US sanctions 24 Chinese, HK officials ahead of talks

Published March 18, 2021
This file picture shows a Chinese and US flag at a booth during the first China International Import Expo (CIIE) in Shanghai. — AFP/File
This file picture shows a Chinese and US flag at a booth during the first China International Import Expo (CIIE) in Shanghai. — AFP/File

HONG KONG: The US sanctioned an additional 24 Chinese and Hong Kong officials over Beijing’s ongoing crackdown on political freedoms in the semi-autonomous city, just ahead of the Biden administration’s first face-to-face talks with China.

The step reflects Washington’s deep concern about the erosion of Hong Kong’s autonomy following changes to its election system endorsed by China’s ceremonial legislature last week, Secretary of State Antony Blinken said in a statement on Wednesday.

Foreign financial institutions that deal with the 24 officials would be subject to US sanctions, the State Department said.

The planned changes to Hong Kong’s electoral law give a pro-Beijing committee power to appoint more of Hong Kong’s lawmakers. The move will reduce the proportion of those directly elected and ensures that only those determined to be truly loyal to Beijing are allowed to run for office effectively shutting opposition figures out of the political process.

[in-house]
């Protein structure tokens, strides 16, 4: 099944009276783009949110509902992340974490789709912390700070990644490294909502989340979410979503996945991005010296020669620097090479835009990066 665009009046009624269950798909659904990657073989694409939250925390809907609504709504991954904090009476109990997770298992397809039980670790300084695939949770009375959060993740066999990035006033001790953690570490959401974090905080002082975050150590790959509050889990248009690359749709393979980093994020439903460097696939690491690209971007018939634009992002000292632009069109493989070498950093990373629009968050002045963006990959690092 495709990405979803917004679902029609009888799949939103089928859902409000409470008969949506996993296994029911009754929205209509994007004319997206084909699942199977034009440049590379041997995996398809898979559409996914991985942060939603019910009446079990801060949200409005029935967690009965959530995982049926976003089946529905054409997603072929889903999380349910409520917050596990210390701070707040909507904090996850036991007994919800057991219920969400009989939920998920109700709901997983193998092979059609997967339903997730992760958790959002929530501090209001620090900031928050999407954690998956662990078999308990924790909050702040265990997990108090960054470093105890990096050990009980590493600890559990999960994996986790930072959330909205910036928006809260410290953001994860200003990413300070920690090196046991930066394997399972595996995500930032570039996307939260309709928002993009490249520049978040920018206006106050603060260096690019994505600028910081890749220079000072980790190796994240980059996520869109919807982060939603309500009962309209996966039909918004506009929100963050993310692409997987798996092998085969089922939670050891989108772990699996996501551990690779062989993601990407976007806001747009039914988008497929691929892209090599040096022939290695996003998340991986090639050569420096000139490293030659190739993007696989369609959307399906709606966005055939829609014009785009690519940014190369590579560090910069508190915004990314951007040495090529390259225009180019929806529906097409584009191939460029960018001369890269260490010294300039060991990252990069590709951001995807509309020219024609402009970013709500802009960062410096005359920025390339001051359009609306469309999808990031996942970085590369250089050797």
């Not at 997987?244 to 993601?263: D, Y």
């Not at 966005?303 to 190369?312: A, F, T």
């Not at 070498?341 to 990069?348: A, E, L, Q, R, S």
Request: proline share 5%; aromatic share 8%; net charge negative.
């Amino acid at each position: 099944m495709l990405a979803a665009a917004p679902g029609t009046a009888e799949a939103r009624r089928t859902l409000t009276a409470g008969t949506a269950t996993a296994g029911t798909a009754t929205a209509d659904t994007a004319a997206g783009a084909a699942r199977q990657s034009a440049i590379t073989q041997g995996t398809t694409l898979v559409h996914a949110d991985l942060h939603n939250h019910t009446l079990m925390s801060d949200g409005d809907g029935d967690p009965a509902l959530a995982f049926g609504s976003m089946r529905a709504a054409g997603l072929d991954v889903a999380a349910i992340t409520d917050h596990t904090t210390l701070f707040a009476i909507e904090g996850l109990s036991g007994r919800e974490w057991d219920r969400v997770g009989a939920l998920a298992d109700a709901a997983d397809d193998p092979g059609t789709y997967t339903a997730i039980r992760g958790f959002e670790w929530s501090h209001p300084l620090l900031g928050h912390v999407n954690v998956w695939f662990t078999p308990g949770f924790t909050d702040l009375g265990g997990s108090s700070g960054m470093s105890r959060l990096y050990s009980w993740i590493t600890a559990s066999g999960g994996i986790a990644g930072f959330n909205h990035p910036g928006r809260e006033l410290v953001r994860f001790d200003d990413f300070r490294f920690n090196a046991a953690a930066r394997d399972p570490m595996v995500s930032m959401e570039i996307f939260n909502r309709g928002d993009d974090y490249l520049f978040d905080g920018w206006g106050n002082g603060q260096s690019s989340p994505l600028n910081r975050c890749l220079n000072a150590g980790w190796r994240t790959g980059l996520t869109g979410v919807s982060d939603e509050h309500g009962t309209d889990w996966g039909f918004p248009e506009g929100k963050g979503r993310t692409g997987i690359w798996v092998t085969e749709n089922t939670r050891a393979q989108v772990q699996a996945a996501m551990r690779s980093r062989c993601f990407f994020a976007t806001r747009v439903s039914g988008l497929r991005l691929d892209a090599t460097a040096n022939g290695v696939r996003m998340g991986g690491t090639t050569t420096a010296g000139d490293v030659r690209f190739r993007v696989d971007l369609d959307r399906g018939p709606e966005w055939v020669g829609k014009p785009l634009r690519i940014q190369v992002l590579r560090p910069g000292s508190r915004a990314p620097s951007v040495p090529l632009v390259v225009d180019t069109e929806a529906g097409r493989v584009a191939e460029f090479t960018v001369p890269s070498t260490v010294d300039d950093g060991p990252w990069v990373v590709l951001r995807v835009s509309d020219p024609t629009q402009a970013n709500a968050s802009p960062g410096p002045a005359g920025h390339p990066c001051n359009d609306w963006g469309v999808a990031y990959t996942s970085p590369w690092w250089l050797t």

The US announcement was made during a visit by Blinken and Defence Secretary Lloyd Austin to Japan and South Korea, both of which are wary of China’s growing economic, military and political heft.

The imposition of new sanctions fully exposes the US sides sinister intention to interfere in China’s internal affairs, disrupt Hong Kong and obstruct China’s stability and development, Chinese Foreign Ministry spokesperson Zhao Lijian told reporters at a daily briefing on Wednesday.

China will take strong measures as appropriate to resolutely defend national sovereignty, security and development interests, Zhao said.

While in Tokyo, the Blinken and Austin delivered a joint statement with their Japanese counterparts expressing concern about Beijing’s human rights violations in the western Xinjiang region against ethnic minorities and China’s determination to alter the status of a group of uninhabited islands administered by Tokyo but claimed by Beijing. The two arrived in Seoul on Wednesday for talks.

On Thursday, Blinken and national security adviser Jake Sullivan are scheduled to meet Chinese Foreign Minister Wang Yi and the foreign affairs chief of China’s ruling Communist Party, Yang Jiechi, in Anchorage, Alaska.

The White House has set low expectations for the meeting. A senior official, who briefed reporters on condition of anonymity, said the two sides would not deliver a joint statement and no major announcements were expected.

The US has said Thursday’s meeting will be an initial opportunity to address intense disagreements over trade and human rights in Tibet, Hong Kong and Xinjiang as well as the coronavirus pandemic. .

While President Joe Biden has sought to ease the harsh tone his predecessor took with China, his administration appears committed to taking a tough line on those issues.

Published in Dawn, March 18th, 2021

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